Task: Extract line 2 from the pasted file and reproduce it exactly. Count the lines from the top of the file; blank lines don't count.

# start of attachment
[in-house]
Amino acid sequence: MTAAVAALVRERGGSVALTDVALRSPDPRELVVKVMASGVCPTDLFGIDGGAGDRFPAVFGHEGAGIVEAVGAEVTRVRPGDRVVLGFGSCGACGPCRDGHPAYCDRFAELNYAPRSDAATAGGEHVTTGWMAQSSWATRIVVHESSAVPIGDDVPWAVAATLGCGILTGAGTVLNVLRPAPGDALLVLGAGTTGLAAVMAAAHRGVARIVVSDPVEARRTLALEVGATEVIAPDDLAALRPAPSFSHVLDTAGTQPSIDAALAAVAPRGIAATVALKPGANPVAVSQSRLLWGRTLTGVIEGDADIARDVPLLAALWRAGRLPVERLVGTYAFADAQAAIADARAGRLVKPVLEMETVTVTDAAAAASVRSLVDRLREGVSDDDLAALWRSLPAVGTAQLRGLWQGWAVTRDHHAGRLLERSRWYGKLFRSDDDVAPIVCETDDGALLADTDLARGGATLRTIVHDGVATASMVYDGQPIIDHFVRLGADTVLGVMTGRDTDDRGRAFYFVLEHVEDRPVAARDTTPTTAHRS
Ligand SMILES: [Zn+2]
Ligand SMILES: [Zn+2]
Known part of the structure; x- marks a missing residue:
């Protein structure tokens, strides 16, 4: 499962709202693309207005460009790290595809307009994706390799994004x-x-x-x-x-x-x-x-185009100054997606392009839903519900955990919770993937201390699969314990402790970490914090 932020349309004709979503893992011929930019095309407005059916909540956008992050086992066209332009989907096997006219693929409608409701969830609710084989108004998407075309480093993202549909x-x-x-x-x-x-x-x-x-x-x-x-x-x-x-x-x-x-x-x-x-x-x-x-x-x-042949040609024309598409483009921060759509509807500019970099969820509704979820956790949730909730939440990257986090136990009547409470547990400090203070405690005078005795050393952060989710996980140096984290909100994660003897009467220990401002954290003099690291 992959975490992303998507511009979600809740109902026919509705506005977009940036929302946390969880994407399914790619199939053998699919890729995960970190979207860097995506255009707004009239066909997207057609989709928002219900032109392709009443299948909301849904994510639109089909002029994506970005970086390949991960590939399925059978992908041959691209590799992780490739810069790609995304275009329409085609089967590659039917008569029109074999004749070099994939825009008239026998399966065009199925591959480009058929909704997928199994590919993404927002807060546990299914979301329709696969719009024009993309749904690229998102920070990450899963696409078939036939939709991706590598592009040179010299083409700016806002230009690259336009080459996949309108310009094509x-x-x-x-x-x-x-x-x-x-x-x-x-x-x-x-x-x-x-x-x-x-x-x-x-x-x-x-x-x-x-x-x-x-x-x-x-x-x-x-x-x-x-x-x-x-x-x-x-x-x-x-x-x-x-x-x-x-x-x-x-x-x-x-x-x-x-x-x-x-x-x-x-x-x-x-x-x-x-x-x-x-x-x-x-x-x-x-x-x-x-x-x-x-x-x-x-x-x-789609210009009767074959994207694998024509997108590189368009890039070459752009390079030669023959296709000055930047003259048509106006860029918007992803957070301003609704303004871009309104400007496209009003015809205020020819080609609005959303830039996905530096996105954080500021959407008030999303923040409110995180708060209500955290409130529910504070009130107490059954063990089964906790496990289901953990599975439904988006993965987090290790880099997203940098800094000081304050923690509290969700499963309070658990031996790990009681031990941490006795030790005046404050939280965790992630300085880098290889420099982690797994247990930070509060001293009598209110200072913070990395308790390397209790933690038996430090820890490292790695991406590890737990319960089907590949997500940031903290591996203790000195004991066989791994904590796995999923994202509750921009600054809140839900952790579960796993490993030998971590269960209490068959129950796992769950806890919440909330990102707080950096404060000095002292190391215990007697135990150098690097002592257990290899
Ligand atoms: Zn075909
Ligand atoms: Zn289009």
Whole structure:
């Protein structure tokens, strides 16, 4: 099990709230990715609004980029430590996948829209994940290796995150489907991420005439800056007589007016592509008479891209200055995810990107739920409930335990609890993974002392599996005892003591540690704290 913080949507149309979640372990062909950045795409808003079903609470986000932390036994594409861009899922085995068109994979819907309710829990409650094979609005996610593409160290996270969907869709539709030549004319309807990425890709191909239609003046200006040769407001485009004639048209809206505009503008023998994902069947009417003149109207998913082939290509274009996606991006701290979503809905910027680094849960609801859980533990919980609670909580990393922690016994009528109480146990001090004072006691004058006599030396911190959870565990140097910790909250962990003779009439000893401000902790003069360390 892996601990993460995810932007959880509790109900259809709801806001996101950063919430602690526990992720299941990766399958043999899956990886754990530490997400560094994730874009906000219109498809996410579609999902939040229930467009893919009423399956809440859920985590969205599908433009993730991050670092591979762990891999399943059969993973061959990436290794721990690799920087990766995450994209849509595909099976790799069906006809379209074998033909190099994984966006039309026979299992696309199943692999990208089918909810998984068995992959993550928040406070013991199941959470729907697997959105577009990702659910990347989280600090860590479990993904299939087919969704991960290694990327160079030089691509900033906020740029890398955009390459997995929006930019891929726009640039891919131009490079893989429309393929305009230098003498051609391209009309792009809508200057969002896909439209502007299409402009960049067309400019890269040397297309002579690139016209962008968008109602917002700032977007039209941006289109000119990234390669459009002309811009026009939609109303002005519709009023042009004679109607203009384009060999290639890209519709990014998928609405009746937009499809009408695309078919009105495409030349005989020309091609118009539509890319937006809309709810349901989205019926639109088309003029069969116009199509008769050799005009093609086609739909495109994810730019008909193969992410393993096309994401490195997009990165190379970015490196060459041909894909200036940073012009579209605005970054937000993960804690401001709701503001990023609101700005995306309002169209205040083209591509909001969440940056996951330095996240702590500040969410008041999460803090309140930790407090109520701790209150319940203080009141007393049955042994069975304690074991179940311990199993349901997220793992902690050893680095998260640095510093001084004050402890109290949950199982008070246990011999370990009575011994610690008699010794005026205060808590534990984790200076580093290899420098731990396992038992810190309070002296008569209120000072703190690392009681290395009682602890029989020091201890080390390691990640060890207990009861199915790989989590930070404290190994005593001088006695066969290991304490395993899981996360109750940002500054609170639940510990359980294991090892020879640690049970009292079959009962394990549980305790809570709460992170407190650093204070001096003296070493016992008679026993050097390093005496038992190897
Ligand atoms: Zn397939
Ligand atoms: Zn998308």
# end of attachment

Amino acid sequence: MTAAVAALVRERGGSVALTDVALRSPDPRELVVKVMASGVCPTDLFGIDGGAGDRFPAVFGHEGAGIVEAVGAEVTRVRPGDRVVLGFGSCGACGPCRDGHPAYCDRFAELNYAPRSDAATAGGEHVTTGWMAQSSWATRIVVHESSAVPIGDDVPWAVAATLGCGILTGAGTVLNVLRPAPGDALLVLGAGTTGLAAVMAAAHRGVARIVVSDPVEARRTLALEVGATEVIAPDDLAALRPAPSFSHVLDTAGTQPSIDAALAAVAPRGIAATVALKPGANPVAVSQSRLLWGRTLTGVIEGDADIARDVPLLAALWRAGRLPVERLVGTYAFADAQAAIADARAGRLVKPVLEMETVTVTDAAAAASVRSLVDRLREGVSDDDLAALWRSLPAVGTAQLRGLWQGWAVTRDHHAGRLLERSRWYGKLFRSDDDVAPIVCETDDGALLADTDLARGGATLRTIVHDGVATASMVYDGQPIIDHFVRLGADTVLGVMTGRDTDDRGRAFYFVLEHVEDRPVAARDTTPTTAHRS